Ecologists debate whether climate change helps or hurts reindeer

Dec 20, 2017

MANY people fear that the rapid disappearance of Arctic sea ice spells doom for polar bears. The effect of global warming on another famous northern species, the reindeer, is, however, less cut and dried. Until recently, researchers thought reindeer benefit, rather than suffer, from climate change. The lichens, grasses and shrubs they eat grow better in warmer summers, and their populations have been rising. But Åshild Ønvik Pedersen and Jean-Charles Gallet of the Norwegian Polar Institute (NPI) in Tromsø, who have been investigating the matter in detail, argue that the benefits of warmer summers may soon be nullified by the countervailing consequences of warmer and wetter winters.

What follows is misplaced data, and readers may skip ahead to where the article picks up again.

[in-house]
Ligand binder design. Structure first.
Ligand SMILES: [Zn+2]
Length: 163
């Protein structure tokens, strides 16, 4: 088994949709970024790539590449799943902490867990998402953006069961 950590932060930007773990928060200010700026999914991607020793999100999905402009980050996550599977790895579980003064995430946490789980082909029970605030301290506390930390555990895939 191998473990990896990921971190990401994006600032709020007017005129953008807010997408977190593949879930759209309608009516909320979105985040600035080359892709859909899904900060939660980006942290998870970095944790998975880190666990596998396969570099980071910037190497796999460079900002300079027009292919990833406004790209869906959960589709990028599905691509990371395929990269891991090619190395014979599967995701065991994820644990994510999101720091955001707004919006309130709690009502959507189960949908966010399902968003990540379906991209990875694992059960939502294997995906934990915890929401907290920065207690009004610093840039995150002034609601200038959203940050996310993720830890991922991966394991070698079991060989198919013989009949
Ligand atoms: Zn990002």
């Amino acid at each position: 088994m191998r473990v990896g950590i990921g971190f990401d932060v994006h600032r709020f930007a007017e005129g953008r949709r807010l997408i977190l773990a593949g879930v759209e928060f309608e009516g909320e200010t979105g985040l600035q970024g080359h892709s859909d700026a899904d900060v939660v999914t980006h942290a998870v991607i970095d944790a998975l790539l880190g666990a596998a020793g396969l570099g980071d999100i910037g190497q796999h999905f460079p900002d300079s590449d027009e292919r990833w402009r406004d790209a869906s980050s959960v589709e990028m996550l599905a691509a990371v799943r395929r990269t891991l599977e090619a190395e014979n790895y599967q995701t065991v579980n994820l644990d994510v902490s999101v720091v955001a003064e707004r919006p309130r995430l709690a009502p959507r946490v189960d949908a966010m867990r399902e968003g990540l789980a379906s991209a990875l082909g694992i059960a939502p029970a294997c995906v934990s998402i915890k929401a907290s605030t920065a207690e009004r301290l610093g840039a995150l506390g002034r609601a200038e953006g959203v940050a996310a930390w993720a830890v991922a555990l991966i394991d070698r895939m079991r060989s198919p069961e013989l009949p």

The reindeer around Ny Ålesund, a former mining town in south-western Svalbard that has now become an Arctic research centre, have been a subject of study for almost four decades. In particular, researchers from the NPI have, since 2000, been looking at the effects on the deer of a phenomenon called “rain-on-snow...

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